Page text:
CardSoft v. Verifone: Construction of "virtual machine"

Category: Claim Construction 
By: Jesus Hernandez, Blog Editor/Contributor
TitleCardSoft, LLC v. Verifone, Inc., No. 2014-1135 (Fed. Cir. Oct. 17, 2014).
IssueVeriFone appeals the district court’s construction of “virtual machine,” found in all asserted claims. It argues that the district court erred by not requiring the claimed “virtual machine” to include the limitation that the applications it runs are not dependent on any specific underlying operating system or hardware.
CardSoft, LLC, at *5.
Holding[T]he district court’s construction does not reflect the ordinary and customary meaning of “virtual machine” as understood by a person of ordinary skill in the art [to mean an interpreter platform between applications and the underlying hardware or operating system.]
Id. at *5 (text added).
Procedural HistoryCardSoft alleges that Appellants infringe two patents directed to software for small, specialized computers, like payment terminals. In construing the patent claims, the district court adopted CardSoft’s proposed construction for the claim term “virtual machine.” Applying the district court’s construction, a jury returned a verdict for CardSoft.
Cardsoft, LLC, at *2.
Legal Reasoning (Prost, Taranto, Hughes)
Specification[T]he specification describes a “virtual machine,” acting as an “interpreter” between an application program (like a particular merchant’s payment processing software) and a payment terminal’s underlying hardware and operating system. [...] Instead of writing a payment processing application for a particular hardware configuration or operating system, a developer can write the application for the virtual machine. [...] This application can then run on any payment terminal running the virtual machine, creating “a complete portable environment for program operations.” [...]
Cardsoft, LLC, at *3.
Claim at issueClaim 1 of the ’945 patent is representative of the asserted claims:

A communication device which is arranged to process messages for communications, comprising a virtual machine means which includes

a virtual function processor and function processor instructions for controlling operation of the device, and

message in[str]uction means including a set of descriptions of message data;

a virtual message processor, which is arranged to be called by the function processor and which is arranged to carry out the message handling tasks of assembling the messages, disassembling messages and comparing the messages under the direction of the message instruction means that is arranged to provide directions for operation of the virtual message processor, whereby when a message is required to be handled by the communications device the message processor is called to carry out the message handling task,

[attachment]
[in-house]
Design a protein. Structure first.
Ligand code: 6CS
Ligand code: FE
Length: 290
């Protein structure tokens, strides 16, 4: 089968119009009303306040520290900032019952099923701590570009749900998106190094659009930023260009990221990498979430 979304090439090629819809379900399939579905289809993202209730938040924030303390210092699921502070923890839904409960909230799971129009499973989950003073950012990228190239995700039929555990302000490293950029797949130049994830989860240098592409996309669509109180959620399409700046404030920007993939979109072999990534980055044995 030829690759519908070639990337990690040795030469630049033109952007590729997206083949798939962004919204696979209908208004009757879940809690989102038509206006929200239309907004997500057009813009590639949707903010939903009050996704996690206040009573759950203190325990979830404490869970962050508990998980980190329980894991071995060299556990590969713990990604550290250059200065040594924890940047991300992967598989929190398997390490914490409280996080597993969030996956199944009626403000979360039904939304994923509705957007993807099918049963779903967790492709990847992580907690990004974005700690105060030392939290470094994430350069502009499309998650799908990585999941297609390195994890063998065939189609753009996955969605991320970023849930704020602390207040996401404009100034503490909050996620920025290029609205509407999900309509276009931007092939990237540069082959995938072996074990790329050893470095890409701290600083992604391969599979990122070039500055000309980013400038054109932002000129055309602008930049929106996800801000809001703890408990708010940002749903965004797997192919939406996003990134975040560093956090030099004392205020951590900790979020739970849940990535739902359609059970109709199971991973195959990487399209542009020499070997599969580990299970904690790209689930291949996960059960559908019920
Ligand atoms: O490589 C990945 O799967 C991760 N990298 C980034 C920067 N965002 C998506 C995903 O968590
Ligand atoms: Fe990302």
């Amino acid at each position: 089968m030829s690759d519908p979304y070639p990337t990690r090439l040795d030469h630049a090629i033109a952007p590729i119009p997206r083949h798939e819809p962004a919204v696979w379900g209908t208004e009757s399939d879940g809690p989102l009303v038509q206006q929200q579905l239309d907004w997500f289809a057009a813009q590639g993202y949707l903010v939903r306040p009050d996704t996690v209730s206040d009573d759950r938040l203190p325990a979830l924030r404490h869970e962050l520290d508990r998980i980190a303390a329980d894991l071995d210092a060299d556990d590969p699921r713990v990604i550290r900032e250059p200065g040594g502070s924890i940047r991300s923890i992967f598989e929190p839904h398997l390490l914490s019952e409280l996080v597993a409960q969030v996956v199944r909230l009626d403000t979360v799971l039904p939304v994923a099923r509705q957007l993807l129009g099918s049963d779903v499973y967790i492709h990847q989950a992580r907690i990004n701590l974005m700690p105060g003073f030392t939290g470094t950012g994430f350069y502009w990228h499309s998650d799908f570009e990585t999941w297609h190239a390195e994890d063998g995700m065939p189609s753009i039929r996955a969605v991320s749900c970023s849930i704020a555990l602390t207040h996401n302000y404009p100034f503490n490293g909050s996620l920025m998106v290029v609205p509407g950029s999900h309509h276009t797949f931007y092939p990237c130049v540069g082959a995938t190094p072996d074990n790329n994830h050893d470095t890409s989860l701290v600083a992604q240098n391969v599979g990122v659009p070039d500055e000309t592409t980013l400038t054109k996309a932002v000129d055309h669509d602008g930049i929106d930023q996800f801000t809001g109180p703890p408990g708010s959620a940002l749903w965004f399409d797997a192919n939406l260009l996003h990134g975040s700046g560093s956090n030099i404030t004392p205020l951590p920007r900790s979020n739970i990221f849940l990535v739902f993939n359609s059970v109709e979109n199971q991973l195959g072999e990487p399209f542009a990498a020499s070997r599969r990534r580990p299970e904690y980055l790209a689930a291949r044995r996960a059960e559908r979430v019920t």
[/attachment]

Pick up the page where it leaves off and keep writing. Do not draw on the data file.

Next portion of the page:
wherein the virtual machine means is emulatable in different computers having incompatible hardwares or operating systems.

Id. at *4-5.
Legal StandardThe person of ordinary skill in the art is “deemed to read the claim term not only in the context of the particular claim in which the disputed term appears, but in the context of the entire patent,” including the specification and the prosecution history. [...]. It can also be appropriate to use extrinsic evidence to determine a term’s meaning, but “while extrinsic evidence can shed useful light on the relevant art . . . it is less significant than the intrinsic record in determining the legally operative meaning of claim language.” [...].
Id. at *5-6.
Error by district court[T]he district court held that the claimed “virtual machine” need not run applications or instructions that are hardware or operating system independent. The district court’s construction improperly conflates the claimed virtual machine with applications written to run on the virtual machine. The claimed virtual machine is operating system or hardware dependent because it must communicate directly with the underlying operating system or hardware. But the applications written to run on the virtual machine are not correspondingly dependent because the applications are written to communicate with the virtual machine, not the actual underlying operating system or hardware.
Cardsoft, LLC, at *6 (internal citations omitted).
RecordThe intrinsic and extrinsic evidence establishes that, at the time the asserted patents were filed, the defining feature of a virtual machine was its ability to run applications that did not depend on any specific underlying operating system or hardware. One problem with the prior art, as the specification notes, was that applications were hardware or operating system dependent. [...]. The patent teaches using a virtual machine to solve this problem because a virtual machine “creates a complete portable environment,” which “allows programs to operate independent of processor” and allows “[d]ifferent arrangements of hardware [to] be controlled by the same application software.” [...]
Id. at *7 
(internal citations omitted).
"virtual machine"The defining characteristic of a virtual machine was, and is, that it acts as an interpreter between applications and the underlying hardware or operating system. That the claimed virtual machine “includes” applications, in the sense that it acts as an interpreter for applications, does not mean that the applications can be hardware or operating system dependent. Such a construction would leave “virtual machine” essentially meaningless.
Id. at *8.
Because the district court erred by failing to give “vir- tual machine” its ordinary and customary meaning, we reverse the district court’s construction of this term.
Cardsoft, LLC, at *10.

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